United States District Court, W.D. Arkansas, Hot Springs Division
REPORT AND RECOMMENDATION OF UNITED STATES MAGISTRATE
BARRY A. BRYANT UNITED STATES MAGISTRATE JUDGE
a civil rights action filed by the Plaintiff Brian Hill,
pursuant to 42 U.S.C. § 1983. Pursuant to the provisions
of 28 U.S.C. § 636(b)(1) and (3)(2011), the Honorable P.
K. Holmes, III, Chief United States District Judge, referred
this case to the undersigned for the purpose of making a
Report and Recommendation. Currently before the Court is
Plaintiff's Motion for Emergency Injunctive Relief (ECF
No. 6) and his Motion to Supplement Motion for Emergency
Injunctive Relief (ECF No. 10).
is currently incarcerated in the Arkansas Department of
Corrections (“ADC”) Tucker Unit. Plaintiff filed
a Motion for Emergency Injunction and Memorandum Brief in
Support of the Motion on August 18, 2017. (ECF Nos. 6, 7).
Plaintiff filed a Motion to Supplement his Motion for
Injunctive Relief on August 28, 2017, stating the Supplement
was intended to “[e]nsure the terms of the injunction
are clearly outlined and understood for the Court.”
(ECF No. 10). Plaintiff alleges he has a “hit”
out on him by the Aryan Gang, and as a result continues to be
involved in altercations with Gang members, which have
unfairly resulted in disciplinary convictions against him.
These disciplinary convictions have resulted in him losing
Inmate Class Status and have prevented him from being
released. Plaintiff alleges he has asked repeatedly to be
placed in protective custody, but has continued to be housed
in general population. (ECF Nos. 6, 7, 10). Plaintiff alleges
this has caused him “severe pain, suffering, mental
pain and suffering, irreparable harm and injury, loss of
freedom, and damage beyond repair.” (ECF No. 10 at 4).
Plaintiff seeks the following actions from the Court with
1. to be housed in protective custody at Delta Regional Unit;
2. to have his Class I or Class II status restored and be
placed on the Parole Board hearing to be released as soon as
3. to be protected from harm, threats, and any punishment by
disciplinary charges or other punishment by ADC staff;
4. to be kept separate from any known or unknown Aryan Gang
or other gang members in general population. (ECF No. 10 at
First Amended Complaint was filed on filed on October 5,
2017, in response to an Order by the Court. (ECF No. 17).
of the Federal Rules of Civil Procedures governs the issuance
of temporary restraining orders and preliminary injunctions.
In deciding a motion for a temporary restraining order or a
preliminary injunction, the courts are instructed to consider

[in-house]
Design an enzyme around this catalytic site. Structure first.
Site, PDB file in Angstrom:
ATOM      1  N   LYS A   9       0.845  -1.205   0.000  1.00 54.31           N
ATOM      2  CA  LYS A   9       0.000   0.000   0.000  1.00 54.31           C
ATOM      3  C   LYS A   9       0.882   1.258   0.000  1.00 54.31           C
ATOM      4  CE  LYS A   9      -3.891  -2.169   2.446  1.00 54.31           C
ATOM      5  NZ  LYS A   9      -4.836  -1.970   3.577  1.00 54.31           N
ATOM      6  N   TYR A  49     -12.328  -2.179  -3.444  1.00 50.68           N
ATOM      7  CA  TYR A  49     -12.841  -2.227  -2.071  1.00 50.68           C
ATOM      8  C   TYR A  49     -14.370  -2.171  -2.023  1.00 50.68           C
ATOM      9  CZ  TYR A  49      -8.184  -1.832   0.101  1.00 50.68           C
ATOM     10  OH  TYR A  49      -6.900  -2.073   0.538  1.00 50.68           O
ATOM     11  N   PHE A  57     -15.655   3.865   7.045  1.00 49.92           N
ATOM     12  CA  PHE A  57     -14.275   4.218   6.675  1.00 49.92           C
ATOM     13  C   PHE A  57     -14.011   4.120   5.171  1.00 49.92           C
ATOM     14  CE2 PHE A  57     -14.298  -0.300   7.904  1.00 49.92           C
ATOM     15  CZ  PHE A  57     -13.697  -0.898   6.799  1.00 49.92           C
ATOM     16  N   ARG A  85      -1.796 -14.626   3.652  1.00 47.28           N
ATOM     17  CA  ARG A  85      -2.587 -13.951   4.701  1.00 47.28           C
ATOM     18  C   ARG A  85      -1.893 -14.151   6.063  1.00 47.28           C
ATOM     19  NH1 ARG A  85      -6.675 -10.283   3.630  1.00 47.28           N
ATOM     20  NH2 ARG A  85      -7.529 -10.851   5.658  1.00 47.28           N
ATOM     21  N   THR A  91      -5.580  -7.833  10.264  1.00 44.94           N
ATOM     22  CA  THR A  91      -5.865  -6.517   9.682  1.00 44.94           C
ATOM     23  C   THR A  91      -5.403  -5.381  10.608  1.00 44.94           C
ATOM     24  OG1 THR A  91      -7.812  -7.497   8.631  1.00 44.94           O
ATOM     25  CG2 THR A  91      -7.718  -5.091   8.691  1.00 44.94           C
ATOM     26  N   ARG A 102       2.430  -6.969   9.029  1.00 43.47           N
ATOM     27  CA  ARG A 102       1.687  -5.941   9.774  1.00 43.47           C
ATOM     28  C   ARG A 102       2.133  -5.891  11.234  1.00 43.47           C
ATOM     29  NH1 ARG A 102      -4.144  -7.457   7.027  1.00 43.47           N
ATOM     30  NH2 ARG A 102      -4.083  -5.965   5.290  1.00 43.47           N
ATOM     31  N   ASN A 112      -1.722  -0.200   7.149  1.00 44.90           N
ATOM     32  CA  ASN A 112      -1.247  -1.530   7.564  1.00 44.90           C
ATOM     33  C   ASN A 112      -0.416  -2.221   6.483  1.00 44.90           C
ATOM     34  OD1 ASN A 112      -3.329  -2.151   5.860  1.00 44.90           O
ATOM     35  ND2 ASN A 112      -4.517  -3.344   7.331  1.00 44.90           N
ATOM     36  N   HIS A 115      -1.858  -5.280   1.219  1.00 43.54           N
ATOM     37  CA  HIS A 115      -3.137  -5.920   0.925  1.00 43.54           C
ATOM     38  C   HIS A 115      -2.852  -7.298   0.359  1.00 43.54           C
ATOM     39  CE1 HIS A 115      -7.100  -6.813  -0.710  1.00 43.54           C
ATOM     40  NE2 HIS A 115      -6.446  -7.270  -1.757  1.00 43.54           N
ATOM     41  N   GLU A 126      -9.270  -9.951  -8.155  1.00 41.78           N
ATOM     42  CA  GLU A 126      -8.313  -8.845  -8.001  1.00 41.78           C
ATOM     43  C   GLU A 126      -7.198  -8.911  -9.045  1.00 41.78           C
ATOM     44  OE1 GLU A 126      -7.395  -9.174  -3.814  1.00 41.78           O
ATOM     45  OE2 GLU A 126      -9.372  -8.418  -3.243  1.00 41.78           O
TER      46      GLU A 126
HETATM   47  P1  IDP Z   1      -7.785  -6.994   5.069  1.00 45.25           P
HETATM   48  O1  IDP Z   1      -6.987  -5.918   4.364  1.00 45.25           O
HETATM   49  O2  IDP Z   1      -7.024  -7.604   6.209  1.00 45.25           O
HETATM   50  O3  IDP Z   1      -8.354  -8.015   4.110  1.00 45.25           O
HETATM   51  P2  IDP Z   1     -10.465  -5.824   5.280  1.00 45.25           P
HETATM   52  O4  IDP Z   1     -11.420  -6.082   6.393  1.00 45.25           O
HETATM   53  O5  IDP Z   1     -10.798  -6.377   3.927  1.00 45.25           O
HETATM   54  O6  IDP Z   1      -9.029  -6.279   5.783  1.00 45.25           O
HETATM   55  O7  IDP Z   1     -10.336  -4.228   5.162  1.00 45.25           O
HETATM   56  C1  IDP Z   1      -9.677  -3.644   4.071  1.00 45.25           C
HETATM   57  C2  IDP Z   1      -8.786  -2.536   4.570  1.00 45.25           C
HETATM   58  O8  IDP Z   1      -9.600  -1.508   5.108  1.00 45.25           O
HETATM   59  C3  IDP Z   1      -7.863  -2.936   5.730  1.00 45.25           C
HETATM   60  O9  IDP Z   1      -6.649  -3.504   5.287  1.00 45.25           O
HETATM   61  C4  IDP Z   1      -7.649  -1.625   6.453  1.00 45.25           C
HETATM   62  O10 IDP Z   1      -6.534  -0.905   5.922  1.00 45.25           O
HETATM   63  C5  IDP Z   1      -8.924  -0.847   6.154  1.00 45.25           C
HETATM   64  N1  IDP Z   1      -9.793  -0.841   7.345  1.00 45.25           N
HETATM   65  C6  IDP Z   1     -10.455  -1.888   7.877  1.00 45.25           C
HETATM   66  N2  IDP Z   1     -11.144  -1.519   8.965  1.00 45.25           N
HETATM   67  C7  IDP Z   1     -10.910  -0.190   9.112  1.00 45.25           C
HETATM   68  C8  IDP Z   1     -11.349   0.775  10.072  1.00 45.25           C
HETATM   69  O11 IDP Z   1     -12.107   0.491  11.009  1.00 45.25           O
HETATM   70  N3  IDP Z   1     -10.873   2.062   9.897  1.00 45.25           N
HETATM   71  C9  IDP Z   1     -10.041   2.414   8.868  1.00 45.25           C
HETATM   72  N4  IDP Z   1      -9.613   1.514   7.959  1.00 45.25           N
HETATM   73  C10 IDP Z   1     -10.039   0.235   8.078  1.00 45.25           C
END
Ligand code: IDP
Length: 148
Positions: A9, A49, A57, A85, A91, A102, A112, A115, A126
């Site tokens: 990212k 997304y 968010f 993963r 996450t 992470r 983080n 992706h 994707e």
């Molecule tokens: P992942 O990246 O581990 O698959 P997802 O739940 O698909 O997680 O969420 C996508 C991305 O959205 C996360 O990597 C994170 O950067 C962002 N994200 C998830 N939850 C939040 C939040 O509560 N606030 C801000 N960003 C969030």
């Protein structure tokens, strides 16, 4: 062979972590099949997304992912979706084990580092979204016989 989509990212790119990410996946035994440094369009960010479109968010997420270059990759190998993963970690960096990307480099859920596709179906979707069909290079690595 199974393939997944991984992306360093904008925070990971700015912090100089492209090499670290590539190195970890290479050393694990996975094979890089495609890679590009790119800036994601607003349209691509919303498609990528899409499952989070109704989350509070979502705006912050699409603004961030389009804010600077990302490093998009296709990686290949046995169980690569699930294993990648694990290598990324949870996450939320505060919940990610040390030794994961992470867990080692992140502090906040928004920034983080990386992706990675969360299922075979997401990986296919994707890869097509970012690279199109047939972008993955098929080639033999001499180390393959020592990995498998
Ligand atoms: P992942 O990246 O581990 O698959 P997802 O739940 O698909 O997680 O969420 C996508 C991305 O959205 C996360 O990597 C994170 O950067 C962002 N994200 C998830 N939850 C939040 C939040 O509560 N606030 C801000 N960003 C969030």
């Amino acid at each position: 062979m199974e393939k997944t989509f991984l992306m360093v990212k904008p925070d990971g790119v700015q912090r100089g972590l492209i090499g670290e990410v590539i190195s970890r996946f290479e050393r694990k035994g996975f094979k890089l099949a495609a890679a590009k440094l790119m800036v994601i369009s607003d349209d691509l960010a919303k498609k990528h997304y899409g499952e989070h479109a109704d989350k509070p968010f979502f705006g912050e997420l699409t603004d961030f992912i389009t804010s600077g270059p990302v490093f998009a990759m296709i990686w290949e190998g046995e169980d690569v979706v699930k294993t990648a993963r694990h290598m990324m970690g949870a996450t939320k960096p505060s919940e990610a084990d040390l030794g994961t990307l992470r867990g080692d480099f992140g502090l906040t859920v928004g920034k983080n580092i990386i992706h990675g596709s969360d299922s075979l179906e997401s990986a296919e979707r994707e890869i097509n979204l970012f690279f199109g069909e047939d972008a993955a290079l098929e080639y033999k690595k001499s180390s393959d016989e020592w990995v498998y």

the following factors: (1) the probability of success on the
merits; (2) the threat of irreparable harm to the movant; (3)
the balance between this harm and the injury that granting
the injunction will inflict on other interested parties; and
(4) whether the issuance of an injunction is in the public
interest. Dataphase Sys., Inc. v. C L Sys., Inc.,
640 F.2d 109, 114 (8th Cir. 1981) (en banc); see also
Minnesota Mining and Mfg. Co. v. Rauh Rubber, Inc., 130
F.3d 1305, 1307 (8th Cir. 1997); Sanborn Mfg. Co., Inc.
v. Campbell Hausfeld/Scott Fetzer Co., 997 F.2d
484, 485-86 (8th Cir. 1993). While no single factor in itself
is dispositive, the Eighth Circuit Court of Appeals has held
“the two most critical factors for a district court to
consider in determining whether to grant a preliminary
injunction are (1) the probability that plaintiff will
succeed on the merits, and (2) whether the plaintiff will
suffer irreparable harm if an injunction is not
granted.” Chicago Stadium Corp. v. Scallen,
530 F.2d 204, 206 (8th Cir. 1976). The burden of proving a
preliminary injunction is warranted rests on the movant.
Goff v. Harper, 60 F.3d 518, 520 (8th Cir. 1995).
Further, the Eighth Circuit has instructed that “in the
prison context, a request for injunctive relief must always
be viewed with great caution because judicial restraint is
especially called for in dealing with the complex and
intractable problems of prison administration.”
Id. (internal quotations omitted).
Probability of Success on the Merits.
Court cannot grant the specific items of injunctive relief
requested by Plaintiff. Plaintiff's claims concerning his
disciplinary charges and Class Status are barred by Heck
v. Humphrey, 512 U.S. 477 (1994). In Heck, the
Supreme Court held that a claim for damages for
"allegedly unconstitutional conviction or imprisonment,
or for other harm caused by actions whose unlawfulness would
render a conviction or sentence invalid" is not
cognizable until "the conviction or sentence has been
reversed on direct appeal, expunged by executive order,
declared invalid by a state tribunal authorized ...